50

The problem you describe is not the use of STARTTLS by itself but the optional use of STARTTLS. Mail systems can be setup so that TLS is required in which case the mail will not be delivered if STARTTLS will fail or if the peer does not offer support for STARTTLS in EHLO. Required STARTTLS is is as safe as required TLS from start. The reason STARTTLS is not ...


26

I think you're overestimating the risk of enabling STARTTLS. Sure, there have been some incidents with OpenSSL recently, but does it mean we should all stop using HTTPS? In your situation, here is the trade-off: Using STARTTLS may open up security holes on your machines Not using STARTTLS will allow anyone snooping (on the network, on underwater cables...) ...


17

SSL-Session: Protocol : SSLv3 Cipher : AES256-SHA Obviously your server still has SSLv3 enabled. If you successfully disabled SSLv3 openssl s_client -ssl3 -connect ... should get something like this: ...SSL3_READ_BYTES:sslv3 alert handshake failure:s3_pkt.c:1260:SSL alert number 40 ...SSL3_WRITE_BYTES:ssl handshake failure:s3_pkt.c:596: ... ...


13

Downgrade attacks are active attacks. Active attacks are much easier to detect, and are typically more difficult to perform, than their passive counterparts. Opportunistic encryption, such as optional STARTTLS in SMTP, mainly protects against passive surveillance where traffic is undetectably either analyzed while in transit, or stored for later analysis. ...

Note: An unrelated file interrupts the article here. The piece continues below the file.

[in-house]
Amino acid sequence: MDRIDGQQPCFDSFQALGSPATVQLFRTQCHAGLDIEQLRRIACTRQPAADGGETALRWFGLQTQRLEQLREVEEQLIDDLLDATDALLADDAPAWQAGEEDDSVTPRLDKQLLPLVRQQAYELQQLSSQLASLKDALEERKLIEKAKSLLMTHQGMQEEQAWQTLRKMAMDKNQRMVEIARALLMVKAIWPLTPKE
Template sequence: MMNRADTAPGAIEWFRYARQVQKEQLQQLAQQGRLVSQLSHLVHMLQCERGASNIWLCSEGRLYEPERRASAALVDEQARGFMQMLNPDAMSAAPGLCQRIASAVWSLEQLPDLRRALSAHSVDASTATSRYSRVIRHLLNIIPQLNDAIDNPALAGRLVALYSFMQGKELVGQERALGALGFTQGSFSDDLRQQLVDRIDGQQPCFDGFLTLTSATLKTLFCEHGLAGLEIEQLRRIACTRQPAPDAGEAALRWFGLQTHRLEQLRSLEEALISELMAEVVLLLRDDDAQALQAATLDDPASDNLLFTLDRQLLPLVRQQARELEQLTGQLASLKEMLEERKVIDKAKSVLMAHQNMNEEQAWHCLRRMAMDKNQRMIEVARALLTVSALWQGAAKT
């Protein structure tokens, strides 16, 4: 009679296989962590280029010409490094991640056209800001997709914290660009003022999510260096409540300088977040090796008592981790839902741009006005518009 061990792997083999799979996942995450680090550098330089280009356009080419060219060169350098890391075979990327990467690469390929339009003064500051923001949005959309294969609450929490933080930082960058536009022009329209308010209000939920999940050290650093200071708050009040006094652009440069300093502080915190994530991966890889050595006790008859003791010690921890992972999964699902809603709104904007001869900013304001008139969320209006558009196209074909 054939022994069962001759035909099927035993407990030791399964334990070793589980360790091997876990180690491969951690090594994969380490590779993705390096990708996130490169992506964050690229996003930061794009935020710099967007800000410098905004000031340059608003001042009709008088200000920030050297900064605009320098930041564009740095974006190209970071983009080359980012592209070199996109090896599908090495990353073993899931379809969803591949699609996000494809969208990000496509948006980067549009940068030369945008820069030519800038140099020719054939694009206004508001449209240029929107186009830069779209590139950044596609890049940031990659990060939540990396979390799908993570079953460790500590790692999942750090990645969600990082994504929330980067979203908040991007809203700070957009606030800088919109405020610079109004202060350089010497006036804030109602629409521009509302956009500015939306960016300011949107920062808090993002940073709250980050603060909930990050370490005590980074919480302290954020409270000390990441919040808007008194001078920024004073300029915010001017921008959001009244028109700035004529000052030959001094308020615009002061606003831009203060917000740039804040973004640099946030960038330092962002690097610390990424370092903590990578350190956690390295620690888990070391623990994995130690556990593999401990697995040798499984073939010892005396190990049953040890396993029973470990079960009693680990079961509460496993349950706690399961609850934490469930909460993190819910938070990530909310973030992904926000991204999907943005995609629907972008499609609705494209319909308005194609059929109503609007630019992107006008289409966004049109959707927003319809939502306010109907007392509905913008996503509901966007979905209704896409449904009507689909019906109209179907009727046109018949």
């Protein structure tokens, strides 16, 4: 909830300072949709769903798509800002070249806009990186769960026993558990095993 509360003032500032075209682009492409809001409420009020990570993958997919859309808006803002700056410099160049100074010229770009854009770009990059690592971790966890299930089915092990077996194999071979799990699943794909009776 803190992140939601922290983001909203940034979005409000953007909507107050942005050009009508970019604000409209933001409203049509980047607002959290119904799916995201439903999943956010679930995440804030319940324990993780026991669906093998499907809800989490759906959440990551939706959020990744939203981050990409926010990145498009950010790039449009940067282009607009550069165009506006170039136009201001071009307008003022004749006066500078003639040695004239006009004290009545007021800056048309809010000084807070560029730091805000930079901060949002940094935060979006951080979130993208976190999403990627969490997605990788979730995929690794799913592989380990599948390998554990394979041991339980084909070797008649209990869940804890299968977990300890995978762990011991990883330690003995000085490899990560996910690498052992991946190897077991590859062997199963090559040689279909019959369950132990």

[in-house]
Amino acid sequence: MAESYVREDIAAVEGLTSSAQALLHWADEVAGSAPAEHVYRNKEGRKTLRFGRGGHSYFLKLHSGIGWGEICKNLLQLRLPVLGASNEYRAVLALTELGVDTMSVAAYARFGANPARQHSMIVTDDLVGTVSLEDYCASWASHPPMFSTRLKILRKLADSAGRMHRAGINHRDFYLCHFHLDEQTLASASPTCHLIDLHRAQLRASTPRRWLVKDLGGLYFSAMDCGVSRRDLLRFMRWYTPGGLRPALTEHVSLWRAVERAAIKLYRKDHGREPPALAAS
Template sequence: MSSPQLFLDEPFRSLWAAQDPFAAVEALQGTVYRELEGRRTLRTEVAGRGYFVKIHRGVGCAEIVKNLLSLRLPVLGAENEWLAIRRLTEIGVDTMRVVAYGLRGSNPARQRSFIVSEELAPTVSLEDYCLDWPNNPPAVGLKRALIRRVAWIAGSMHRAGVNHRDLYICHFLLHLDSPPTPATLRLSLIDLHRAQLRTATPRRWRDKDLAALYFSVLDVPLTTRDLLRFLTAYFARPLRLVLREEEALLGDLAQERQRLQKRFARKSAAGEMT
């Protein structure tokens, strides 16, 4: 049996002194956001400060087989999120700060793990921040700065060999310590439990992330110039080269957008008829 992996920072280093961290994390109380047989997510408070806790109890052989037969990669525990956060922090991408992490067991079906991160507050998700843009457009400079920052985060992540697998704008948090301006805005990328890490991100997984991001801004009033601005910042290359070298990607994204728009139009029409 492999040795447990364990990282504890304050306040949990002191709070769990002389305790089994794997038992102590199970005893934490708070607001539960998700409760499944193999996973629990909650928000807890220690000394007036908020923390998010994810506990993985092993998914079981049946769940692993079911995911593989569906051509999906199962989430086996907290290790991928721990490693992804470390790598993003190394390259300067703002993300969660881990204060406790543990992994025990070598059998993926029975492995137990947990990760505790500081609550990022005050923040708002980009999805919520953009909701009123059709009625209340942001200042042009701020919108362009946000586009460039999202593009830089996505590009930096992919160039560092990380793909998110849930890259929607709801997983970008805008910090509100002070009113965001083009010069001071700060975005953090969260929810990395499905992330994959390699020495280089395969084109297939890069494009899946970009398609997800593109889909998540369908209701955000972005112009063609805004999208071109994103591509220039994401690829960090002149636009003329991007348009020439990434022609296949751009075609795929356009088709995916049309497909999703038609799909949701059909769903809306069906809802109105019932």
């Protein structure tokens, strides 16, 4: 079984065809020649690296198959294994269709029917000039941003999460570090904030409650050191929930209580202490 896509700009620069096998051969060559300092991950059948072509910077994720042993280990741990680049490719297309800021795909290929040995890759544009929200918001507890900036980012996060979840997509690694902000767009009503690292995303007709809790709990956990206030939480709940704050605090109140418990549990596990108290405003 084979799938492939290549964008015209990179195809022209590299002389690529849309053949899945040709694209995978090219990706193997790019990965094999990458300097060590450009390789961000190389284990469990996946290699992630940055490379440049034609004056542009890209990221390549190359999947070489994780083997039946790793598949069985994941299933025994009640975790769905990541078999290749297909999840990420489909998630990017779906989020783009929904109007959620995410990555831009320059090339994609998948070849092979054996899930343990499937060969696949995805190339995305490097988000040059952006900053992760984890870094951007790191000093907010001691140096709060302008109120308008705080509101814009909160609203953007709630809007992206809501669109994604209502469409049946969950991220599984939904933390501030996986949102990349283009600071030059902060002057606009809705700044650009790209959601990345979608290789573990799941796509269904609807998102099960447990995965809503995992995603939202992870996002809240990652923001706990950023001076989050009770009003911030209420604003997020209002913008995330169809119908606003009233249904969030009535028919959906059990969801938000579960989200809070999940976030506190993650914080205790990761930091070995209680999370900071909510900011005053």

10

just for completeness: testssl.sh is a nice, console-based tool to check ssl-setups of any ssl/ts - enabled servers, in oposite to ssllabs


7

Two ways that I know of: If you have Webinspect, they have a check specifically for this. The simple way is to uncheck all protocols in IE with the exception of SSLv3 and see if you connect to the website.


6

STARTTLS can help you to provide reliable encryption between two companies, but it will not do it in the default setup: STARTTLS depends on the availability and the success of the STARTTLS command at the server MTA. Because the SMTP connection first starts without encryption an active man in the middle could simply modify the connection so that it looks ...


5

Though OpenSSL has some quality issues, it would be quite optimistic to believe that the rest of the software that you expose to the Internet fares better. OpenSSL is one of the most attacked pieces of software because it is a high-value target: The same library is used in many servers of many types (HTTPS, SMTP, IMAP,...) so any vulnerability has a wide ...


5

Firstly, you're confusing SSL/TLS and its implementations. Your server might use OpenSSL, but that doesn't mean the clients that connect to it will. Potential vulnerabilities depend very much on the context. If you're worried about OpenSSL-specific zero-day vulnerabilities, you might be able to find a mail server that uses another stack. In addition, ...


5

I’m wondering if this is always the case (e.g., because it is required by some sort of standard). Not really. The most recent RFC for SMTP RFC 5321 describes the format of the received header but this includes no such information, probably also because STARTTLS for SMTP is an extra standard. This standard is described in RFC 3207 and provides no information ...